Behind the Scenes in the O.R. With Dr. Oz

Many of the patients he sees are suffering the effects of smoking.

"I don't operate on smokers," he said. "I tell cigarette smokers that I can operate on you, I get paid the same. And you might even do well. But it's the wrong thing to do. So I refuse to operate on you until you stop smoking."

He promises to do whatever he can to help patients stop smoking.

"In my entire career, I've never had a patient not stop," he said.

Unfortunately, many resume smoking after surgery despite follow-up treatment.

"I recognize that the average smoker stops and then starts again six times before they succeed," he said. "At least I took care of one of 'em."

Oz says the hardest thing for a surgeon to come to terms with is someone who's been through surgery and still hasn't responded to the message about exercise and weight.

Dr. Oz: 'Put Me Out of Business'

Peter Calafati, a 52-year-old who had a coronary bypass five months ago, still has trouble with exercise -- and some of that stomach is back.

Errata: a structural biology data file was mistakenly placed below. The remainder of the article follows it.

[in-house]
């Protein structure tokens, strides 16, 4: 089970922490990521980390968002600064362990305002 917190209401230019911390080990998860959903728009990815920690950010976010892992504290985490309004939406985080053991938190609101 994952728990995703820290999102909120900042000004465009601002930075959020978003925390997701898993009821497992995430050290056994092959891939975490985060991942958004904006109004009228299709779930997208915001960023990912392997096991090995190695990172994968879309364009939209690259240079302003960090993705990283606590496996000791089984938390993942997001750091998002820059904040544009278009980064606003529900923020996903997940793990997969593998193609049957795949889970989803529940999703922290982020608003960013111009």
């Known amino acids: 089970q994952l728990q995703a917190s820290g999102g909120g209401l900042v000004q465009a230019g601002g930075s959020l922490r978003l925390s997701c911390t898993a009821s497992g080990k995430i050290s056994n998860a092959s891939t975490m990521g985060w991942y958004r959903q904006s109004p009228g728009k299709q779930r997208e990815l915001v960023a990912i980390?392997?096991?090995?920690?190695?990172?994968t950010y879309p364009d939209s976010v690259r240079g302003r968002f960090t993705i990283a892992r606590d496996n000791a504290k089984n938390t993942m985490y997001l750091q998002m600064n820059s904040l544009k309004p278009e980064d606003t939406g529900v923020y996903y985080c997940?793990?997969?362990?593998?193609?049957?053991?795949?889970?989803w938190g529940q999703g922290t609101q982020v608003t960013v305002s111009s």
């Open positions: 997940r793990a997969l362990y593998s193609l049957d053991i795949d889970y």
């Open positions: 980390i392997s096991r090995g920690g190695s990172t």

"I look at you and I blame myself," Oz told him. "I say, I must have walked him through all the details of open heart surgery but … I didn't get into his heart and get him to appreciate why I feel so passionately about doing these things."

"It's laziness on that area, you know?" Calafati said. "It wasn't like a life-shattering moment for me, it was almost somewhat expected."

"That is actually the most cogent answer I have ever gotten to that question," Oz said, adding that coronary bypass never used to be done on patients as young as Calafati or others he treats.

"It's being done on 25-year-olds," he said.

The rise in surgical procedures may be good for business for a surgeon, but Oz is hoping for the opposite.

"The main reason that I really wanted you to come is to put me out of business," Oz said in the operating room. "Because although this is extremely fulfilling and I really do enjoy it a lot at its very foundation, you walk in there and you realize my goodness, this didn't have to happen."

Preventative medicine will be the focus of "The Dr. Oz Show," which premieres on Sept. 14, 2009.

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